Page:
Heseltine hails the humble Chancellor

Click to follow
The Independent Online
Kenneth Clarke yesterday was hailed as a "man of the people" by Michael Heseltine after the Tories were embarrassed to discover that he was not a grammar school boy after all.

John Major opened the first salvo in the war of the "old school ties" in his address to the Conservative Party conference on Friday when he suggested that he had come from more humble beginnings than Tony Blair, the Labour leader.

"New Labour - Old School Tie," said Mr Major. The inverted snobbery is part of the Tories' strategy of presenting Mr Major as "honest John" against "Phoney Tony". The Chancellor was presented by Mr Major as a grammar-school boy, unlike the privately educated Mr Blair.

Labour's deputy leader, John Prescott, an old boy of a secondary school in Ellesmere Port, Merseyside, pointed out that Mr Clarke went on a scholarship to Nottingham High, the city's top independent school, and was soon on a fast track to Cambridge University.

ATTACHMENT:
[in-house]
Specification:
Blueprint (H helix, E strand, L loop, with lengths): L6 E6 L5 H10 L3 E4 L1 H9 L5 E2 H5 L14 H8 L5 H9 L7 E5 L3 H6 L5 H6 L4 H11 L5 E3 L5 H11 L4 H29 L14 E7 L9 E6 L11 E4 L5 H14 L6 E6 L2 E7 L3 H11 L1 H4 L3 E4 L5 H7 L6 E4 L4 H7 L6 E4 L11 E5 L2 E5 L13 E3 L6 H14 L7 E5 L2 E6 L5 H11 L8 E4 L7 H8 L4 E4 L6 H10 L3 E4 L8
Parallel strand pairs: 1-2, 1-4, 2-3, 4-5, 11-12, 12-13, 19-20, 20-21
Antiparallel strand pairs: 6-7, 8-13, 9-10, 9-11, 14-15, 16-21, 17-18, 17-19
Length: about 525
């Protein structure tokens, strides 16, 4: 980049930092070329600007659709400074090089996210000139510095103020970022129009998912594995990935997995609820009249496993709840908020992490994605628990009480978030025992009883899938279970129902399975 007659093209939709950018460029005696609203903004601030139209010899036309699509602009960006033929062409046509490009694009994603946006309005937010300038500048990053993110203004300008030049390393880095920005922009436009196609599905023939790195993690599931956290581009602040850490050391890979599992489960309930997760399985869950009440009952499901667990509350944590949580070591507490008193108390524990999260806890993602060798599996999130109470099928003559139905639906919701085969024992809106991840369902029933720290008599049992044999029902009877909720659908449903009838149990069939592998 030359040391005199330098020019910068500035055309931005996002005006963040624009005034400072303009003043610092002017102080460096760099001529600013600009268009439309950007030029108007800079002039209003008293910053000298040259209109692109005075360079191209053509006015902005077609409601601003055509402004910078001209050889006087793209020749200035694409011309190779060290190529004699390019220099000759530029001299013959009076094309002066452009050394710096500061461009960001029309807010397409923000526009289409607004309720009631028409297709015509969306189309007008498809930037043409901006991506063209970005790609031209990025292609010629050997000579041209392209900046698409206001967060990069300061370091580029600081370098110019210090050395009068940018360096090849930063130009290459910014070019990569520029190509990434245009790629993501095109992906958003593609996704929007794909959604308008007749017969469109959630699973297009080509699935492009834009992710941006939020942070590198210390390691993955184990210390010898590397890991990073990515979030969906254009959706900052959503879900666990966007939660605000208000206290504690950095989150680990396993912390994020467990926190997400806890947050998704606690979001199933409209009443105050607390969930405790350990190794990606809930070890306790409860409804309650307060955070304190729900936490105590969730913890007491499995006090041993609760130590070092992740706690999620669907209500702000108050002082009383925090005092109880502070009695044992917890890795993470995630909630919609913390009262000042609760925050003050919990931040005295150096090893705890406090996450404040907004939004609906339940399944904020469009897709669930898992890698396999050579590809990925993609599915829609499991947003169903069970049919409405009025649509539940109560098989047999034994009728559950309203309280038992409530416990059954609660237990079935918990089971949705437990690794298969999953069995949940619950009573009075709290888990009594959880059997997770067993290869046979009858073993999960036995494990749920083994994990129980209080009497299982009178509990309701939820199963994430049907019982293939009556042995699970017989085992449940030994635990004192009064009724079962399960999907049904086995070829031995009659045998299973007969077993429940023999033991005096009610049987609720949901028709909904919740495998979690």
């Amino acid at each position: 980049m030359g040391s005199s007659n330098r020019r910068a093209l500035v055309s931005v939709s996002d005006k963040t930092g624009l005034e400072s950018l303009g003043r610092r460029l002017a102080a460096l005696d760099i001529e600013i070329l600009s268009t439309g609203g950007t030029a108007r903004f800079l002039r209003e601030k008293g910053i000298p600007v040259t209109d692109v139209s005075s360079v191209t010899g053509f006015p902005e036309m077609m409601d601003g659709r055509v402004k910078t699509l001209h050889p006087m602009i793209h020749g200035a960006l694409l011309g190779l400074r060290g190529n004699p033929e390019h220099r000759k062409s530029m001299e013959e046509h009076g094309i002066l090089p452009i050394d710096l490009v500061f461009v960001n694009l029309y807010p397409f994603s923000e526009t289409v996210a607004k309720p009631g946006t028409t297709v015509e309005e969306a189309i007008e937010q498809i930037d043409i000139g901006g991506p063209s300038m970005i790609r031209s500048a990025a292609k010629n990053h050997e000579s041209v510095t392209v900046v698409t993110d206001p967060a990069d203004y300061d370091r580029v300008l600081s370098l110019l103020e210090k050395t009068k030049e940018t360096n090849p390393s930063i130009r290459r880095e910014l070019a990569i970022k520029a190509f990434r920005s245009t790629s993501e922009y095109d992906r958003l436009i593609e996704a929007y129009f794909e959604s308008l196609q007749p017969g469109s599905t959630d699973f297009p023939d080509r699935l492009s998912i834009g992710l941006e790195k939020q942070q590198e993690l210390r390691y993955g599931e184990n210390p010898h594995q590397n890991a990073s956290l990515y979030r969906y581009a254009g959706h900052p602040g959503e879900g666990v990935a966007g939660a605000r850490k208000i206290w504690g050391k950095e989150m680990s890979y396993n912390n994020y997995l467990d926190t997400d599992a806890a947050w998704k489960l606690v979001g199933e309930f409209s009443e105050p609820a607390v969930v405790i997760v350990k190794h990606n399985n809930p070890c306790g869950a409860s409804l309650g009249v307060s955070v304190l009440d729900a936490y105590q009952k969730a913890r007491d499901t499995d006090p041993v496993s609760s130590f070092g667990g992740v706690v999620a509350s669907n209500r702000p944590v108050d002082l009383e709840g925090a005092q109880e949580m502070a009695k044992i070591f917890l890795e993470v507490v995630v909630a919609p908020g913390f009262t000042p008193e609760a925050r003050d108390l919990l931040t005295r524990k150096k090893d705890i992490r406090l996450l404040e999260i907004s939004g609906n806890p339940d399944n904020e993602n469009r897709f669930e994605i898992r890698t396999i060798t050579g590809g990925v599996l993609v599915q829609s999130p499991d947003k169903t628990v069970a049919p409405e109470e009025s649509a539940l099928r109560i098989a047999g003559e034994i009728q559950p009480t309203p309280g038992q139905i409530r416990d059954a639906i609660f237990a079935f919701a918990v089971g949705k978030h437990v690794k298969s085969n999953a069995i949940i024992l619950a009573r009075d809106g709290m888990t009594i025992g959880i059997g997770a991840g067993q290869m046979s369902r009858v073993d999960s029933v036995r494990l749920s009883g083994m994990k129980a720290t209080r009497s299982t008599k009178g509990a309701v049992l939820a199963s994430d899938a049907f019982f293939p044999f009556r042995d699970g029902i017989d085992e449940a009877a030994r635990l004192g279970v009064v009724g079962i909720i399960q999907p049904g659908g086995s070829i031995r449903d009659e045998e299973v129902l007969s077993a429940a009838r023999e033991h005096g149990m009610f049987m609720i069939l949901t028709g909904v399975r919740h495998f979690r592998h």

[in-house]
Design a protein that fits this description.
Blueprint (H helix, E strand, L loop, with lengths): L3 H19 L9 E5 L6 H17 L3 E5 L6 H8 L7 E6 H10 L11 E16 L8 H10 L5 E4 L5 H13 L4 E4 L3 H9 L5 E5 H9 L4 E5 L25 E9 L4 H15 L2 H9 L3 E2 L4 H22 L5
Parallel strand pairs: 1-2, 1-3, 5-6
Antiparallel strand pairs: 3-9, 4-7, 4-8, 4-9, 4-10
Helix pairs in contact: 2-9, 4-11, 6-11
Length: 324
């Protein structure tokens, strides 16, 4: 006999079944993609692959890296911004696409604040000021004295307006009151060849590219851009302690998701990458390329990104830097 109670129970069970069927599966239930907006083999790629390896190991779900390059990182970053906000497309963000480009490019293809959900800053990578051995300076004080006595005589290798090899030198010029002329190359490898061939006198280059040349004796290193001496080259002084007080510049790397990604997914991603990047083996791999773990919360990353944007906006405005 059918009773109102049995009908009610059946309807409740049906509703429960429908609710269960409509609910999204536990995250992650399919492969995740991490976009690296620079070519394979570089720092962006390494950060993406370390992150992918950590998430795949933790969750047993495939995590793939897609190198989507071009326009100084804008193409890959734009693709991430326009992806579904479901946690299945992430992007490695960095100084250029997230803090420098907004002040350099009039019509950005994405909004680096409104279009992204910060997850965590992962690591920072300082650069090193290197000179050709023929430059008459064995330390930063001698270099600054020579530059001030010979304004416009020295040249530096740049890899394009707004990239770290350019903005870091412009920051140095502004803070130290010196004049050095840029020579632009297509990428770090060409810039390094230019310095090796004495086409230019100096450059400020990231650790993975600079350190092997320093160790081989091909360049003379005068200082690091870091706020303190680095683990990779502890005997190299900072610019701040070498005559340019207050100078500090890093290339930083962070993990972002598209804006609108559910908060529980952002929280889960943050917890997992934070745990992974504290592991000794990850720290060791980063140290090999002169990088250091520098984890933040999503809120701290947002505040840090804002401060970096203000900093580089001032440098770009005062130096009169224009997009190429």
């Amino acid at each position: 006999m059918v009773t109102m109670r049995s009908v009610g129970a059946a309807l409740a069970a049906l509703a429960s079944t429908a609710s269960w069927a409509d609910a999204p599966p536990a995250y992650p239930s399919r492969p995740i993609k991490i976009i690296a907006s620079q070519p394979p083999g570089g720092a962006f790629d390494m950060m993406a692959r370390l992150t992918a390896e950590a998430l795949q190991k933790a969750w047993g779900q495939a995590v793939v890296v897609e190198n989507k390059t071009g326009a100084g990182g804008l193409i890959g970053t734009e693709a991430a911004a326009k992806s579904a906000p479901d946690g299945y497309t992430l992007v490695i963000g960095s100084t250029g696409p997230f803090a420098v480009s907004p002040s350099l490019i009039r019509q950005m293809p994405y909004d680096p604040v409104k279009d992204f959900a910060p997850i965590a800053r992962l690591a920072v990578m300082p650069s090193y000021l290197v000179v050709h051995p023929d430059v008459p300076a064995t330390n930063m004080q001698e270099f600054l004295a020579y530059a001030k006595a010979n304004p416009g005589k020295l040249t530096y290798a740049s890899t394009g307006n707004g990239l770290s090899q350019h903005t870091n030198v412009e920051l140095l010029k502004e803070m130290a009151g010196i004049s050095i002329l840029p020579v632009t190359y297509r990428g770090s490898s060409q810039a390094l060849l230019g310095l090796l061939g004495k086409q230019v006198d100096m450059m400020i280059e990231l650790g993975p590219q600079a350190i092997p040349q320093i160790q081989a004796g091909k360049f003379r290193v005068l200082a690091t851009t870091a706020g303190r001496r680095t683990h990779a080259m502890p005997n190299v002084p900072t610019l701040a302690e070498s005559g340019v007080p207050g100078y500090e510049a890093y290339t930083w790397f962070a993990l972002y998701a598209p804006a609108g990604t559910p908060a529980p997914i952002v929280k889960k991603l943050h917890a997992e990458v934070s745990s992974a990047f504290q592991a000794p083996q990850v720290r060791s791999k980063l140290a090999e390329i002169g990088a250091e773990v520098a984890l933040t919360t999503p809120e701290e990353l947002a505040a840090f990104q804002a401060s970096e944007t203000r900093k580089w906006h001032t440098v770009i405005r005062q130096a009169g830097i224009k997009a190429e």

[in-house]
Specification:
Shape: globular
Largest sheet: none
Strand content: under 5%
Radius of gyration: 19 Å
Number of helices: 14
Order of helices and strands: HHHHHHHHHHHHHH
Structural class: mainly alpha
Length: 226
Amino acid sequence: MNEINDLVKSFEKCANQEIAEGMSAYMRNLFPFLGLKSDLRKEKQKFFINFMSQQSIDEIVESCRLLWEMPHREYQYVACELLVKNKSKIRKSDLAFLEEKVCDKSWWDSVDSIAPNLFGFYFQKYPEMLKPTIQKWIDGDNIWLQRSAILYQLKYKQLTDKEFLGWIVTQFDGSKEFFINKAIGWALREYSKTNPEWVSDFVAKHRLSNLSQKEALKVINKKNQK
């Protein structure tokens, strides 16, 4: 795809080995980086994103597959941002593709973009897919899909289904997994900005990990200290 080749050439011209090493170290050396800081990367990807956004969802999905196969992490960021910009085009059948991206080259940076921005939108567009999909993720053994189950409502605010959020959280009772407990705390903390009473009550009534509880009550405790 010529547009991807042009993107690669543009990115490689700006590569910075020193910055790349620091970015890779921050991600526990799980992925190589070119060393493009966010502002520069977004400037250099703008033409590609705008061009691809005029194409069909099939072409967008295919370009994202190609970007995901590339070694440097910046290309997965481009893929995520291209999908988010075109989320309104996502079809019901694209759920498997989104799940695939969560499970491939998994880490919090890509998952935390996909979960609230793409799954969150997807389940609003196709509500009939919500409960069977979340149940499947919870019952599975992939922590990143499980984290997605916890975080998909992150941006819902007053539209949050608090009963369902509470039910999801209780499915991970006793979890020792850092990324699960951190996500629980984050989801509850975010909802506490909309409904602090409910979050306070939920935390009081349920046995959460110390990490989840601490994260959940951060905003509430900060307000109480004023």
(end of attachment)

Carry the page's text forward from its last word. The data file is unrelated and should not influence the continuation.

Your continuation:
Mr Prescott said only three of the 23-strong Cabinet had put their children in state schools.

Mr Heseltine (Shrewsbury, Pembroke College, Oxford) said on BBC Television's Breakfast with Frost that Mr Clarke, strictly speaking, may not be a grammar school boy - "but he is a man of the people".

Peter Mandelson, the head of Labour's election campaign, on the same programme apologised for not wearing his old school tie from a north London comprehensive.

The Tory attack on Mr Blair has angered the Labour leader, who said on GMTV that he did not want to fight the general election "in the gutter".

Tory strategists believe their plan, to highlight Mr Blair's background as the son of a Tory, who went to Fettes College, Edinburgh, is legitimate. David Davies, a Foreign Office minister, said: "They have been attacking John Major non-stop for six years in the most brutal way and then they whinge like this. It nothing but hypocrisy."